Baucus Welcomes WTO Case Against China on IPR
Finance Chairman believes action to stop intellectual property theft overdue
Washington, DC – Senate Finance Committee Chairman Max Baucus (D-Mont) today applauded U.S. Trade Representative Susan Schwab’s decision to file a World Trade Organization (WTO) case against China involving intellectual property rights, which include copyrights and trademarks. The case alleges that China fails to adequately enforce intellectual property rights protections or punish offenders. It also alleges that China impedes access to its market for importers of intellectual property-related goods. Rates of piracy in China for products including American movies and music remain above 90 percent.
“Rampant and large-scale piracy and counterfeiting in China have persisted too long, and China is not penalizing pirates and counterfeiters. WTO action is overdue, and I commend Ambassador Schwab for taking it,” Baucus said. “I know that China can do more to crack down on intellectual property violations, and it’s high time the U.S. did more to protect Americans hurt by these offenses. Vigorous enforcement of intellectual property rights is good for the United States, good for China’s economy, and good for our bilateral economic relationship.”
Today’s action, which requests formal WTO consultations with China, initiates the WTO dispute settlement process. Should consultations fail to resolve the issue, the United States can then request a review and judgment by an official WTO panel.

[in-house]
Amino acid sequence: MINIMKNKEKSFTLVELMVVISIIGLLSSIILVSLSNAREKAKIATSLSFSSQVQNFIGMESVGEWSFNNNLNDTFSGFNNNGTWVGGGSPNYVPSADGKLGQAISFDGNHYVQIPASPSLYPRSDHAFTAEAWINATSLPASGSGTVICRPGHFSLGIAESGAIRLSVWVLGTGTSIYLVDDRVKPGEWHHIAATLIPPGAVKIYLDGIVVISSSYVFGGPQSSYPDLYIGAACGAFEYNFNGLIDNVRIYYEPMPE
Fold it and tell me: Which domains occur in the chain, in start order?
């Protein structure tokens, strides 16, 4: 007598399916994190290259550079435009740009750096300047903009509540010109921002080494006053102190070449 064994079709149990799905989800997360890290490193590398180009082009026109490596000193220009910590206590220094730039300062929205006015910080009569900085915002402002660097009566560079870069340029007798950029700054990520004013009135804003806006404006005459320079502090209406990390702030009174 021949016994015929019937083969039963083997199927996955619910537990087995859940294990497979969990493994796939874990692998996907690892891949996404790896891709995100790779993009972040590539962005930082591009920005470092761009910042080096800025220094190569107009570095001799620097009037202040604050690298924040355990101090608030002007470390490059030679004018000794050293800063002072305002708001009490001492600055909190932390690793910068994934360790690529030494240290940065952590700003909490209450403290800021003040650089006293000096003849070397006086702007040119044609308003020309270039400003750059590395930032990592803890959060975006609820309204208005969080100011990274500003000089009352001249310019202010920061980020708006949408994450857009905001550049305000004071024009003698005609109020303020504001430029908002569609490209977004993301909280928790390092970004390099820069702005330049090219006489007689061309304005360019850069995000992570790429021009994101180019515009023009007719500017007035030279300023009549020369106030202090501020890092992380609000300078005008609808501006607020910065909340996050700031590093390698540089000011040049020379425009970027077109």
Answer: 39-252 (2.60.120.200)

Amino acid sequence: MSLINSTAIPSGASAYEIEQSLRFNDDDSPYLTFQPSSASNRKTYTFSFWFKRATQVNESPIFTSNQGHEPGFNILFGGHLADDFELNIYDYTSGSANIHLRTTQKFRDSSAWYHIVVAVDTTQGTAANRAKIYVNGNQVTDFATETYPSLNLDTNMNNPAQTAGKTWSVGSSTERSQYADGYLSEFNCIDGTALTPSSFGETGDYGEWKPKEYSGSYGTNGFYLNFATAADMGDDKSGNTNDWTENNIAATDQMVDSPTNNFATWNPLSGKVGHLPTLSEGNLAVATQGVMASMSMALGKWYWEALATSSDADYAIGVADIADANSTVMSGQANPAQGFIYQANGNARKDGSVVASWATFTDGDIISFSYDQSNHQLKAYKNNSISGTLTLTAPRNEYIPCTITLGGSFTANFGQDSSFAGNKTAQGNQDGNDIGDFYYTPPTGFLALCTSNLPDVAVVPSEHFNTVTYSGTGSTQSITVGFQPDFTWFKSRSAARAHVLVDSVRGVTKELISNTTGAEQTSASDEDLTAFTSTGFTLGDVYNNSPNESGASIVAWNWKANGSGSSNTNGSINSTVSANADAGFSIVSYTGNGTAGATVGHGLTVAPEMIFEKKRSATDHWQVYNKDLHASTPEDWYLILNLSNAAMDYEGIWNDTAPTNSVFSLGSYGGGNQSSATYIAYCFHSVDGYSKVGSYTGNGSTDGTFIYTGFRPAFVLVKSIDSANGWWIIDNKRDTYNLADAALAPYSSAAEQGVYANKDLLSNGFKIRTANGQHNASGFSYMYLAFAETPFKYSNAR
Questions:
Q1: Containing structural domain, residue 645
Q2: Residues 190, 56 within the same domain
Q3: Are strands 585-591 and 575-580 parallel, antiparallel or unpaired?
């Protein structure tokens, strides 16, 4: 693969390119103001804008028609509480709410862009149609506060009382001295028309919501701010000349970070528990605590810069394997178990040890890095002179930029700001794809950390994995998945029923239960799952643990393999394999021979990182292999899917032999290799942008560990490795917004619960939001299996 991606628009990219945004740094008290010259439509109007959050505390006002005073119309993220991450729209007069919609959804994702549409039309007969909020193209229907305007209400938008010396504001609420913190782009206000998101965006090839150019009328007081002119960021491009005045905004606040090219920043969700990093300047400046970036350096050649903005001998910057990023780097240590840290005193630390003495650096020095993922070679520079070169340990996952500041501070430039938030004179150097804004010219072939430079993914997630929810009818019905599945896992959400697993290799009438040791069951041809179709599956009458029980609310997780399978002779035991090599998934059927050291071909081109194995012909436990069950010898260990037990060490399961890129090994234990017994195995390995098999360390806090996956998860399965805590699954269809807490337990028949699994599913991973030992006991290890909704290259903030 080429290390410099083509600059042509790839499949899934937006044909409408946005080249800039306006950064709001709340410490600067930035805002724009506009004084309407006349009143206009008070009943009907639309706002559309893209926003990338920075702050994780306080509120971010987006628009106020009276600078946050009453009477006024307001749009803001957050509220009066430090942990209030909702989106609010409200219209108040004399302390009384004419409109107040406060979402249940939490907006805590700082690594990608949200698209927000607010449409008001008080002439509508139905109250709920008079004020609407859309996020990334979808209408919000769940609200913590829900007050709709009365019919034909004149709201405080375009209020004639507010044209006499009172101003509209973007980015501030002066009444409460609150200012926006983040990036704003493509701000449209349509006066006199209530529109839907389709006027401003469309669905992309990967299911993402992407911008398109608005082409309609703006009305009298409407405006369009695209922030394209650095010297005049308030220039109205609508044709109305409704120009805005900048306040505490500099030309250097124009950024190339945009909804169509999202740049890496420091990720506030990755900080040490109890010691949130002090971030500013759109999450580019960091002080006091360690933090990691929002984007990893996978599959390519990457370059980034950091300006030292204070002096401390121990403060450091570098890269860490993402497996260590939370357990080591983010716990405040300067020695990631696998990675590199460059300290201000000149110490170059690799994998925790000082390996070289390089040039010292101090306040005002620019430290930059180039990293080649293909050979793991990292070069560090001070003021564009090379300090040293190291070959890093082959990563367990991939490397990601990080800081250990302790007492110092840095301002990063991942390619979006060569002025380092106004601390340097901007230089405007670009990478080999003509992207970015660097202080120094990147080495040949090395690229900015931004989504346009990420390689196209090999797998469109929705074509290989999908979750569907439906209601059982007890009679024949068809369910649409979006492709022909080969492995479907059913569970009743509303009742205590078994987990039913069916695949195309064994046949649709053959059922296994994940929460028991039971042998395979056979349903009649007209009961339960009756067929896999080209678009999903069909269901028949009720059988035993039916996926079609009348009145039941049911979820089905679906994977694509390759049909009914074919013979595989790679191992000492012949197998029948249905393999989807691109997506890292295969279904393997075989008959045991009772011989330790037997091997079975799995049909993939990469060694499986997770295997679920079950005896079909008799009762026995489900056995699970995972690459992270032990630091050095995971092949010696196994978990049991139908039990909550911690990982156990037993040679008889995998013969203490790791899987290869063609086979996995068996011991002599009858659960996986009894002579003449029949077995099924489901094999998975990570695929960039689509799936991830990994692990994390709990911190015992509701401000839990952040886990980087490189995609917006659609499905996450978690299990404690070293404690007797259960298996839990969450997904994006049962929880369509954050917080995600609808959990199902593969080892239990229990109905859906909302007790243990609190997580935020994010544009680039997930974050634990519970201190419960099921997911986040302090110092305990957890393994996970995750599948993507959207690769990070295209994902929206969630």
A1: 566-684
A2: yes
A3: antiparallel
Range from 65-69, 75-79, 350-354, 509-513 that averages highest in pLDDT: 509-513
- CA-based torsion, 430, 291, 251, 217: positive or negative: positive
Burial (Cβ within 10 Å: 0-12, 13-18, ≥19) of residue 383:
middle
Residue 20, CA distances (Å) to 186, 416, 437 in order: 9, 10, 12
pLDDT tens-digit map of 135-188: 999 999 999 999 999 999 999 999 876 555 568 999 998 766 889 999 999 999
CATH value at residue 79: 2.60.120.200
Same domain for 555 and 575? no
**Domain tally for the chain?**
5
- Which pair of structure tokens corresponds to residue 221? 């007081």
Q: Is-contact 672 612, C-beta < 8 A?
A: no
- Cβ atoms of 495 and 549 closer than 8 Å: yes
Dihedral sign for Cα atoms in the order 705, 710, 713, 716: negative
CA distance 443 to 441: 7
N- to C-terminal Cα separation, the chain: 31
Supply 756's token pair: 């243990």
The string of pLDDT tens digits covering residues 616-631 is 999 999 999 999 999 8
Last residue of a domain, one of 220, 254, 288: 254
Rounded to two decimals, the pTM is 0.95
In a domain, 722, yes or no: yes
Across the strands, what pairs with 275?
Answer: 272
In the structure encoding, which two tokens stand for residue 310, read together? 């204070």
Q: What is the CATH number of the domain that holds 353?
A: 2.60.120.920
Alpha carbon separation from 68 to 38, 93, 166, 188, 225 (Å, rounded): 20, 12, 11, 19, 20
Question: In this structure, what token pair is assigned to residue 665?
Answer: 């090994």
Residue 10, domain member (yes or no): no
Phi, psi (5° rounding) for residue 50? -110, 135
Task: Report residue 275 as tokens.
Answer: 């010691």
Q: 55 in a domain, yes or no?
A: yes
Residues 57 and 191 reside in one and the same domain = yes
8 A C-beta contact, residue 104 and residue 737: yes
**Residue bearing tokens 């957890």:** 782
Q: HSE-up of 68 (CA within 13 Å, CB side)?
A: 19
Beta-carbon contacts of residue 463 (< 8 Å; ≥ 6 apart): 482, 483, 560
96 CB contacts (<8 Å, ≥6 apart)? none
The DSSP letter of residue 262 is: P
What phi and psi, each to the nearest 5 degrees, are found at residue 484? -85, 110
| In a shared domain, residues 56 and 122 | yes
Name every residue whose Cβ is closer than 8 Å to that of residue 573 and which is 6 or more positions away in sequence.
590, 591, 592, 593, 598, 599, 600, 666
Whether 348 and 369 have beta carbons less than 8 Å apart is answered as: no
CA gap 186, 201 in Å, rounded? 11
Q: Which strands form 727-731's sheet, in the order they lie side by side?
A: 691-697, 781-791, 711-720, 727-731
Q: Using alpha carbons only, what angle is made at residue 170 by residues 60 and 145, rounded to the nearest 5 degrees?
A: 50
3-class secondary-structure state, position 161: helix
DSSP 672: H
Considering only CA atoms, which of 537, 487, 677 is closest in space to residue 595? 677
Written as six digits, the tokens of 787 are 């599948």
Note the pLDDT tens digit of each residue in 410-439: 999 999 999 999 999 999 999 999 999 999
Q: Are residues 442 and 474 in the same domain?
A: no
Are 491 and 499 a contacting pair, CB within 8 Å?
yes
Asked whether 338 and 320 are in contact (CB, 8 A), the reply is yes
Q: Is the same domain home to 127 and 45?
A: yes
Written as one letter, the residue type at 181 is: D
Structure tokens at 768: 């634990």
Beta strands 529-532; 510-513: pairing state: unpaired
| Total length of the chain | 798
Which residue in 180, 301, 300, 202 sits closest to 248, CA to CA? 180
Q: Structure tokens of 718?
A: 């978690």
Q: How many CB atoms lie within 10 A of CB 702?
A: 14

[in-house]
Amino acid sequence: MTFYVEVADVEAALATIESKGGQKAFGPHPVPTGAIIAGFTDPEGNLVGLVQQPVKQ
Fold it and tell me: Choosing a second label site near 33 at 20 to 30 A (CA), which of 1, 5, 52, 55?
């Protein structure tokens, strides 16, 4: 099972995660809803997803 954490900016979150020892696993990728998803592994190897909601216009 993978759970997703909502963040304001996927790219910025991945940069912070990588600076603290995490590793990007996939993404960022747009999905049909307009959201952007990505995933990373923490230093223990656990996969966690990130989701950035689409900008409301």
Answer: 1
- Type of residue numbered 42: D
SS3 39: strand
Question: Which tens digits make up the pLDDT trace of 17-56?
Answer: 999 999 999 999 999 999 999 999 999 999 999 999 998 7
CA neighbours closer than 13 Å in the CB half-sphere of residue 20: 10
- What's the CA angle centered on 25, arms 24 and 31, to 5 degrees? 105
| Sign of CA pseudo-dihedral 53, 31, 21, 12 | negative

When China joined the WTO in 2001, it committed to provide a minimum level of protection and enforcement for intellectual property rights. Despite significant reforms to strengthen its legal framework to protect intellectual property rights, China’s civil and criminal penalties remain an inadequate deterrent to IPR violators.
A stronger IPR enforcement regime would help stem losses to U.S. companies and innovators that hold rights to intellectual property, as well as decrease tax income losses to the Chinese government. As China’s economy develops, its innovators are also increasingly vulnerable to piracy and counterfeiting.
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